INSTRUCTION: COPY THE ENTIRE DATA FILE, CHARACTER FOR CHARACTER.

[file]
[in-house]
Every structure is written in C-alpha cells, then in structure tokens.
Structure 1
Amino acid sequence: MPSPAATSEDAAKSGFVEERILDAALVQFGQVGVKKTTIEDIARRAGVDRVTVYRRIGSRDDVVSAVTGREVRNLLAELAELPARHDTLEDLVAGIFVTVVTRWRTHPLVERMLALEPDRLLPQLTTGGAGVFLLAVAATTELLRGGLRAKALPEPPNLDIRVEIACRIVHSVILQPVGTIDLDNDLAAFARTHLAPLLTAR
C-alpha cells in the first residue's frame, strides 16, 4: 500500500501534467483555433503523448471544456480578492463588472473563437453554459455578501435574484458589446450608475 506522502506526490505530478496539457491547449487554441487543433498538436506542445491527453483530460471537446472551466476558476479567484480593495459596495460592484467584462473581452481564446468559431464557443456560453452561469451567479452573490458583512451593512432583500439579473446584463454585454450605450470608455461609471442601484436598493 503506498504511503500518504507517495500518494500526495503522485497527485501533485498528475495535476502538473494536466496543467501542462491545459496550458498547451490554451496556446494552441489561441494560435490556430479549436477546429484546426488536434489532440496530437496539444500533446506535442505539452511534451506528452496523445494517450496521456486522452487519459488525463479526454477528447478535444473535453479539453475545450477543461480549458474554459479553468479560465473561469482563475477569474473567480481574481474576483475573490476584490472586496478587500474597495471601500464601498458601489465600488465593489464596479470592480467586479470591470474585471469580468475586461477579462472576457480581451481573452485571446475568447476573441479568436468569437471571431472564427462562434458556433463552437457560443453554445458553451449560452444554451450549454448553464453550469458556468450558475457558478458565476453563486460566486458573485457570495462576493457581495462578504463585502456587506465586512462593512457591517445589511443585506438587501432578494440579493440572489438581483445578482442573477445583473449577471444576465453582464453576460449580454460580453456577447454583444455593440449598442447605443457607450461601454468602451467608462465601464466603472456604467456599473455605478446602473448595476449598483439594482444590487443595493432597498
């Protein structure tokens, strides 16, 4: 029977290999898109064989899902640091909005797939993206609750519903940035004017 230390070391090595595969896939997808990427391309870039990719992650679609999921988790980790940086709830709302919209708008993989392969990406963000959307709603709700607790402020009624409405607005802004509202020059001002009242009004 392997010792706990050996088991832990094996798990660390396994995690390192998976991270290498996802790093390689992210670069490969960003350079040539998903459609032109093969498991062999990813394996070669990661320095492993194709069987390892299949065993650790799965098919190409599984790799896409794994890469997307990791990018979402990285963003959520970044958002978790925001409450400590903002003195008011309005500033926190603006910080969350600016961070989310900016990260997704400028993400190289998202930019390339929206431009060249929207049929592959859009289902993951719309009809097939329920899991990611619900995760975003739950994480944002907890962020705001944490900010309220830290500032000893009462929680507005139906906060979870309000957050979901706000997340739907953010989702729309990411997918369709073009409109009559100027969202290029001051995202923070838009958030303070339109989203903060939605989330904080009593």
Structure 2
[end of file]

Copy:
[in-house]
Every structure is written in C-alpha cells, then in structure tokens.
Structure 1
Amino acid sequence: MPSPAATSEDAAKSGFVEERILDAALVQFGQVGVKKTTIEDIARRAGVDRVTVYRRIGSRDDVVSAVTGREVRNLLAELAELPARHDTLEDLVAGIFVTVVTRWRTHPLVERMLALEPDRLLPQLTTGGAGVFLLAVAATTELLRGGLRAKALPEPPNLDIRVEIACRIVHSVILQPVGTIDLDNDLAAFARTHLAPLLTAR
C-alpha cells in the first residue's frame, strides 16, 4: 500500500501534467483555433503523448471544456480578492463588472473563437453554459455578501435574484458589446450608475 506522502506526490505530478496539457491547449487554441487543433498538436506542445491527453483530460471537446472551466476558476479567484480593495459596495460592484467584462473581452481564446468559431464557443456560453452561469451567479452573490458583512451593512432583500439579473446584463454585454450605450470608455461609471442601484436598493 503506498504511503500518504507517495500518494500526495503522485497527485501533485498528475495535476502538473494536466496543467501542462491545459496550458498547451490554451496556446494552441489561441494560435490556430479549436477546429484546426488536434489532440496530437496539444500533446506535442505539452511534451506528452496523445494517450496521456486522452487519459488525463479526454477528447478535444473535453479539453475545450477543461480549458474554459479553468479560465473561469482563475477569474473567480481574481474576483475573490476584490472586496478587500474597495471601500464601498458601489465600488465593489464596479470592480467586479470591470474585471469580468475586461477579462472576457480581451481573452485571446475568447476573441479568436468569437471571431472564427462562434458556433463552437457560443453554445458553451449560452444554451450549454448553464453550469458556468450558475457558478458565476453563486460566486458573485457570495462576493457581495462578504463585502456587506465586512462593512457591517445589511443585506438587501432578494440579493440572489438581483445578482442573477445583473449577471444576465453582464453576460449580454460580453456577447454583444455593440449598442447605443457607450461601454468602451467608462465601464466603472456604467456599473455605478446602473448595476449598483439594482444590487443595493432597498
């Protein structure tokens, strides 16, 4: 029977290999898109064989899902640091909005797939993206609750519903940035004017 230390070391090595595969896939997808990427391309870039990719992650679609999921988790980790940086709830709302919209708008993989392969990406963000959307709603709700607790402020009624409405607005802004509202020059001002009242009004 392997010792706990050996088991832990094996798990660390396994995690390192998976991270290498996802790093390689992210670069490969960003350079040539998903459609032109093969498991062999990813394996070669990661320095492993194709069987390892299949065993650790799965098919190409599984790799896409794994890469997307990791990018979402990285963003959520970044958002978790925001409450400590903002003195008011309005500033926190603006910080969350600016961070989310900016990260997704400028993400190289998202930019390339929206431009060249929207049929592959859009289902993951719309009809097939329920899991990611619900995760975003739950994480944002907890962020705001944490900010309220830290500032000893009462929680507005139906906060979870309000957050979901706000997340739907953010989702729309990411997918369709073009409109009559100027969202290029001051995202923070838009958030303070339109989203903060939605989330904080009593």
Structure 2